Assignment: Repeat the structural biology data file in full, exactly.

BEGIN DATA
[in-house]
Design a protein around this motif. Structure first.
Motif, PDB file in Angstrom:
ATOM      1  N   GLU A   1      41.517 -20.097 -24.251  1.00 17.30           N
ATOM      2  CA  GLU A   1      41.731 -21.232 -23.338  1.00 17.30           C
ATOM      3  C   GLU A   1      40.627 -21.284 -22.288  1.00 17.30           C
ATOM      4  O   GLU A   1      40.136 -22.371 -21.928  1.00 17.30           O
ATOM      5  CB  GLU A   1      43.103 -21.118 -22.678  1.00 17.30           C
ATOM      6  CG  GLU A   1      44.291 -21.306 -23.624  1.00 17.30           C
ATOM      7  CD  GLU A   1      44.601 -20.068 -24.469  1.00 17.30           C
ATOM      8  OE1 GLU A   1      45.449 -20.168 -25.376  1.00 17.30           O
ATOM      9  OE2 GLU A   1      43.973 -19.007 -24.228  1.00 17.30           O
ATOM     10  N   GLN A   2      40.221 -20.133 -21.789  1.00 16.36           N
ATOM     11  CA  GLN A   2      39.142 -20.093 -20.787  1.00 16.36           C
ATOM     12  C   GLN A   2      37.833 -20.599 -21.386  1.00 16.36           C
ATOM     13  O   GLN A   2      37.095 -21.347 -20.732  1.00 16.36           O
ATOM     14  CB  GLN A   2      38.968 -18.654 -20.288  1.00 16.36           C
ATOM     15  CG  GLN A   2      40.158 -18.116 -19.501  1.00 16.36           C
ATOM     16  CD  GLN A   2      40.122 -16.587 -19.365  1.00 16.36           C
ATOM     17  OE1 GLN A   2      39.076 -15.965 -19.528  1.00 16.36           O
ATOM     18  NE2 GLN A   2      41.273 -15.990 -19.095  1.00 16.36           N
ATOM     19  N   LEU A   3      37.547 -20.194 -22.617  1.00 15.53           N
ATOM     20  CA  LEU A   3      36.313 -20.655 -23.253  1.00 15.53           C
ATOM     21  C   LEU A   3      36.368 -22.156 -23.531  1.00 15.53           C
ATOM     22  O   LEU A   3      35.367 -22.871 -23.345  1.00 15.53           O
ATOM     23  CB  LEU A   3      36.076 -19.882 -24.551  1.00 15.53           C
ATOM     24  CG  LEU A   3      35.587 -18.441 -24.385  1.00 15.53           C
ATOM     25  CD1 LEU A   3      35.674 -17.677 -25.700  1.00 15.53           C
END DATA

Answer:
[in-house]
Design a protein around this motif. Structure first.
Motif, PDB file in Angstrom:
ATOM      1  N   GLU A   1      41.517 -20.097 -24.251  1.00 17.30           N
ATOM      2  CA  GLU A   1      41.731 -21.232 -23.338  1.00 17.30           C
ATOM      3  C   GLU A   1      40.627 -21.284 -22.288  1.00 17.30           C
ATOM      4  O   GLU A   1      40.136 -22.371 -21.928  1.00 17.30           O
ATOM      5  CB  GLU A   1      43.103 -21.118 -22.678  1.00 17.30           C
ATOM      6  CG  GLU A   1      44.291 -21.306 -23.624  1.00 17.30           C
ATOM      7  CD  GLU A   1      44.601 -20.068 -24.469  1.00 17.30           C
ATOM      8  OE1 GLU A   1      45.449 -20.168 -25.376  1.00 17.30           O
ATOM      9  OE2 GLU A   1      43.973 -19.007 -24.228  1.00 17.30           O
ATOM     10  N   GLN A   2      40.221 -20.133 -21.789  1.00 16.36           N
ATOM     11  CA  GLN A   2      39.142 -20.093 -20.787  1.00 16.36           C
ATOM     12  C   GLN A   2      37.833 -20.599 -21.386  1.00 16.36           C
ATOM     13  O   GLN A   2      37.095 -21.347 -20.732  1.00 16.36           O
ATOM     14  CB  GLN A   2      38.968 -18.654 -20.288  1.00 16.36           C
ATOM     15  CG  GLN A   2      40.158 -18.116 -19.501  1.00 16.36           C
ATOM     16  CD  GLN A   2      40.122 -16.587 -19.365  1.00 16.36           C
ATOM     17  OE1 GLN A   2      39.076 -15.965 -19.528  1.00 16.36           O
ATOM     18  NE2 GLN A   2      41.273 -15.990 -19.095  1.00 16.36           N
ATOM     19  N   LEU A   3      37.547 -20.194 -22.617  1.00 15.53           N
ATOM     20  CA  LEU A   3      36.313 -20.655 -23.253  1.00 15.53           C
ATOM     21  C   LEU A   3      36.368 -22.156 -23.531  1.00 15.53           C
ATOM     22  O   LEU A   3      35.367 -22.871 -23.345  1.00 15.53           O
ATOM     23  CB  LEU A   3      36.076 -19.882 -24.551  1.00 15.53           C
ATOM     24  CG  LEU A   3      35.587 -18.441 -24.385  1.00 15.53           C
ATOM     25  CD1 LEU A   3      35.674 -17.677 -25.700  1.00 15.53           C